Dengue is a substantial public health problem in most of the tropical and subtropical regions of the world1. In most of these areas, dengue is endemic with cases occurring year-round, yet there is marked variation in incidence of dengue both within and between years. In Mexico, for example, yearly reported incidence over the last few decades has varied from several thousand cases to over 100,000 cases in 20092. Even understanding the current burden of dengue can be challenging. There is often an extended delay between symptom onset and official reports reflecting care-seeking behavior or confirmed clinical reports of illness. In some settings, complex, multi-tiered reporting systems may contribute to delays. Because of the vastly greater burden of disease in larger epidemic years and difficulty in understanding current and future needs, much effort has been placed on developing early warning systems to predict or detect large epidemics as early as possible with the hope of being able to control epidemics in their early stages3,4.

Numerous mechanistic models have been developed to use detailed knowledge of dengue virus transmission biology to predict the evolution of dengue epidemics5,6. However difficulties emerge when attempting to use mechanistic models for forecasting, often the key mechanistic assumptions are unclear and the data needed to parameterize and feed the model are often difficult or impossible to obtain.

Models for large-scale dengue early warning systems have therefore mostly focused on two components, temporal autocorrelation and an association with weather or climate. Temporal autocorrelation results from the infectious nature of dengue viruses; cases are more likely in the near future when the current prevalence of infection is high. The influence of weather is due to the mosquito vectors of dengue viruses, Aedes aegypti and Ae. albopictus. Temperature, humidity and precipitation are important determinants of mosquito reproduction and longevity7,8,9 and temperature has a strong influence on the ability of the mosquitoes to transmit dengue viruses10.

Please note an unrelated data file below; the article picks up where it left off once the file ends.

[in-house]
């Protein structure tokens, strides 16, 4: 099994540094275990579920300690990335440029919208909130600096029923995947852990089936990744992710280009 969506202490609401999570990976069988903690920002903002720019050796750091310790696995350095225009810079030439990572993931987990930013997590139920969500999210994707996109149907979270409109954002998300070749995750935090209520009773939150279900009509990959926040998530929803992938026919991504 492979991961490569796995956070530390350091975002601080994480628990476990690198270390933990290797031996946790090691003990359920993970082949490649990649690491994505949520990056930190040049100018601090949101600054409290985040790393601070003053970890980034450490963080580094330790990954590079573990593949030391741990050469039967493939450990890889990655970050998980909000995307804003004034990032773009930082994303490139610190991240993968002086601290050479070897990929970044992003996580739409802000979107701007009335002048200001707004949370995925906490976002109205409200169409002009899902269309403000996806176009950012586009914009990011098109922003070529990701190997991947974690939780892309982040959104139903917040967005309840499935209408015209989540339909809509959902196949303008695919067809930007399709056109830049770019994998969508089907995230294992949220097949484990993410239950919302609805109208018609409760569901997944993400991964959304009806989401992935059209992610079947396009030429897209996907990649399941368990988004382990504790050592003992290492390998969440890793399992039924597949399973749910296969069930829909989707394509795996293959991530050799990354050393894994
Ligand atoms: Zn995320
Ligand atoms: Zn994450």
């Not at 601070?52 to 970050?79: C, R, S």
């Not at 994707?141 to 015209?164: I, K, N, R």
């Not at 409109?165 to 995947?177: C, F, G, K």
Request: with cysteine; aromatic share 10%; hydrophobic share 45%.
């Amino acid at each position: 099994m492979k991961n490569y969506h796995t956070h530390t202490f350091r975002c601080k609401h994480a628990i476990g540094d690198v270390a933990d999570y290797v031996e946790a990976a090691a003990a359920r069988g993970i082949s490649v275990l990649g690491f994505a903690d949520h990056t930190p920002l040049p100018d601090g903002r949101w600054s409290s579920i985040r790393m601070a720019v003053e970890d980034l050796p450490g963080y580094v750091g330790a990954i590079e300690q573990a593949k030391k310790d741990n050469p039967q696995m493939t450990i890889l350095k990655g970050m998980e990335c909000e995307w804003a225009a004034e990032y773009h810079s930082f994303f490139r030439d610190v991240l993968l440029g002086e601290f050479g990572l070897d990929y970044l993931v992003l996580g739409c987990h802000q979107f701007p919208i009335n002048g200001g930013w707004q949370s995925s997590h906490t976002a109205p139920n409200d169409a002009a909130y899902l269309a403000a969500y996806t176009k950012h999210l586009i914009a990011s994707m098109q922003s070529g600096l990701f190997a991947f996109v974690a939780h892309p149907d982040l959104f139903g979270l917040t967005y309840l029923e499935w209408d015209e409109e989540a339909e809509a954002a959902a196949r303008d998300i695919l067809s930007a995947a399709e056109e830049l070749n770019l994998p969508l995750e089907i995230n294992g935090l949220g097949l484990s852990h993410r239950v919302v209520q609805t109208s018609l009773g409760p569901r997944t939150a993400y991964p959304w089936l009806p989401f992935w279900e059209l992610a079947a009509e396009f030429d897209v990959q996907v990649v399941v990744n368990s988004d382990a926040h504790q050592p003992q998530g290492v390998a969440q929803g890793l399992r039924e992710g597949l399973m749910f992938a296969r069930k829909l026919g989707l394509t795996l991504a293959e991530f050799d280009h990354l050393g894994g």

These two components, autocorrelation and weather or climate, form the basis for a wide variety of efforts to predict dengue incidence in countries such as Australia11, Bangladesh12, Barbados13, Brazil14,15,16,17, Colombia18,19,20, Costa Rica21, China22, Ecuador23, Guadeloupe24, India25, Indonesia26,27, Mexico28, New Caledonia29, Peru30, Philippines31,32, Puerto Rico33, Singapore34,35,36,37,38, Sri Lanka39, Taiwan40,41, Thailand42,43,44,45,46 and Vietnam47.

In this manuscript, we focus on developing prediction models for dengue incidence in Mexico based on observed dengue incidence and weather. We focus explicitly on building models that directly predict dengue incidence rather than those designed to classify future transmission, for example as low or high29,30,34,42. Although classification may be more useful for public health decision-making, the classification process is subjective48, making estimation of uncertainty a less straightforward process compared to direct prediction of incidence.

Autoregressive integrated moving average (ARIMA) models49 have been used extensively in dengue prediction efforts14,18,19,35,37,40,45, often incorporating a seasonal component (SARIMA)11,14,15,24,25,27,43,46,47. We used the SARIMA framework to define a dynamic suite of prediction models for dengue in Mexico that is at once flexible and wide-ranging, while remaining manageable in size for the purposes of careful evaluation and comparison. While the fundamental biology leading to autocorrelation and associations with weather and dengue incidence is clear, the specific contributions of these two components to dengue prediction remains less so. In other words, we wanted to answer the question, to what extent does incorporating climate data into models improve dengue forecasts at different spatial scales? Therefore, we assessed three specific features of these dengue prediction models: (i) the most important autoregressive and climatological components for predicting dengue incidence; (ii) the variability in importance of these components across different geographical areas; and (iii) the limits of prediction accuracy across models at different time horizons. Another important motivation of this study was to establish a forecast assessment framework that can serve as a reference for any infectious disease forecasting problem, including comparison to a non-naïve baseline model and validation on completely out-of-sample data.

Materials and Methods


The number of dengue and dengue hemorrhagic fever cases reported for each month from January 1985 to December 2012 was obtained from the Mexican Health Secretariat2. To model these counts as a linear process, we log-transformed the highly skewed monthly dengue cases after adding one to the observed count. This eliminates computational problems associated with taking the log of zero and can be thought of as accounting for the potential entrance of new cases50. Weather data from January 1985 to December 2012 were obtained from the National Oceanic and Atmospheric Administration North American Regional Reanalysis dataset ( accessed on May 1st, 2013). For each month and state, we extracted the average temperature (°C), daily precipitation (mm) and relative humidity (%).